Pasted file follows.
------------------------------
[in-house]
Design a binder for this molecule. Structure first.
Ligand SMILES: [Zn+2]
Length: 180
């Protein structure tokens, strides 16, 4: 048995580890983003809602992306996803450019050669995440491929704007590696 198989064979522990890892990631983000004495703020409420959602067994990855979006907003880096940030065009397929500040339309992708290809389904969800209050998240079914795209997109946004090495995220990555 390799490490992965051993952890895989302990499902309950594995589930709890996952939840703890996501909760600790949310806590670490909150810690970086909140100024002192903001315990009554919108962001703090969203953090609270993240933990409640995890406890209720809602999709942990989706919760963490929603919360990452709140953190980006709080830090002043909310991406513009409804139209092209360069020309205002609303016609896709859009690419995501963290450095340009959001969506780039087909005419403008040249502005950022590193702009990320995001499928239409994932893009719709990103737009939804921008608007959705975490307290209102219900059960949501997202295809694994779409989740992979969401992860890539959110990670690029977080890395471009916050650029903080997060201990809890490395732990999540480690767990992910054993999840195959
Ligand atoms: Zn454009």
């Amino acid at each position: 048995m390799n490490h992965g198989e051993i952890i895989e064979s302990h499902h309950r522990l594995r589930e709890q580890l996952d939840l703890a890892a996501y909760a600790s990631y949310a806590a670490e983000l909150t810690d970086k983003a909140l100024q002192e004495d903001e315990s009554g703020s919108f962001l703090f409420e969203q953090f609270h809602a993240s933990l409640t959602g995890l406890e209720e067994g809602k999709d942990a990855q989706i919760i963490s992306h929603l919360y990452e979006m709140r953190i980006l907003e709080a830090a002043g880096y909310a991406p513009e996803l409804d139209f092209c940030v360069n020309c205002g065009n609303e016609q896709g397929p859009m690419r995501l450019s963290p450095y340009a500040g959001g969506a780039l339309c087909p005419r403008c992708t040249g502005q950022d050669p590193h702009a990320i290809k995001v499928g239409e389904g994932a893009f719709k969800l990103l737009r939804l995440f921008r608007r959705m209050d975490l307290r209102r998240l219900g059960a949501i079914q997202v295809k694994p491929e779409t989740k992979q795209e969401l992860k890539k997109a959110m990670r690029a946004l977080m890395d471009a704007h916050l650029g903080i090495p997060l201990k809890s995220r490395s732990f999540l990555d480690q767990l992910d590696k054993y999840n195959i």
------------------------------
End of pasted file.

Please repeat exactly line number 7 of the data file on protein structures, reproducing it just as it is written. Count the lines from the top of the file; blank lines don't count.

């Amino acid at each position: 048995m390799n490490h992965g198989e051993i952890i895989e064979s302990h499902h309950r522990l594995r589930e709890q580890l996952d939840l703890a890892a996501y909760a600790s990631y949310a806590a670490e983000l909150t810690d970086k983003a909140l100024q002192e004495d903001e315990s009554g703020s919108f962001l703090f409420e969203q953090f609270h809602a993240s933990l409640t959602g995890l406890e209720e067994g809602k999709d942990a990855q989706i919760i963490s992306h929603l919360y990452e979006m709140r953190i980006l907003e709080a830090a002043g880096y909310a991406p513009e996803l409804d139209f092209c940030v360069n020309c205002g065009n609303e016609q896709g397929p859009m690419r995501l450019s963290p450095y340009a500040g959001g969506a780039l339309c087909p005419r403008c992708t040249g502005q950022d050669p590193h702009a990320i290809k995001v499928g239409e389904g994932a893009f719709k969800l990103l737009r939804l995440f921008r608007r959705m209050d975490l307290r209102r998240l219900g059960a949501i079914q997202v295809k694994p491929e779409t989740k992979q795209e969401l992860k890539k997109a959110m990670r690029a946004l977080m890395d471009a704007h916050l650029g903080i090495p997060l201990k809890s995220r490395s732990f999540l990555d480690q767990l992910d590696k054993y999840n195959i």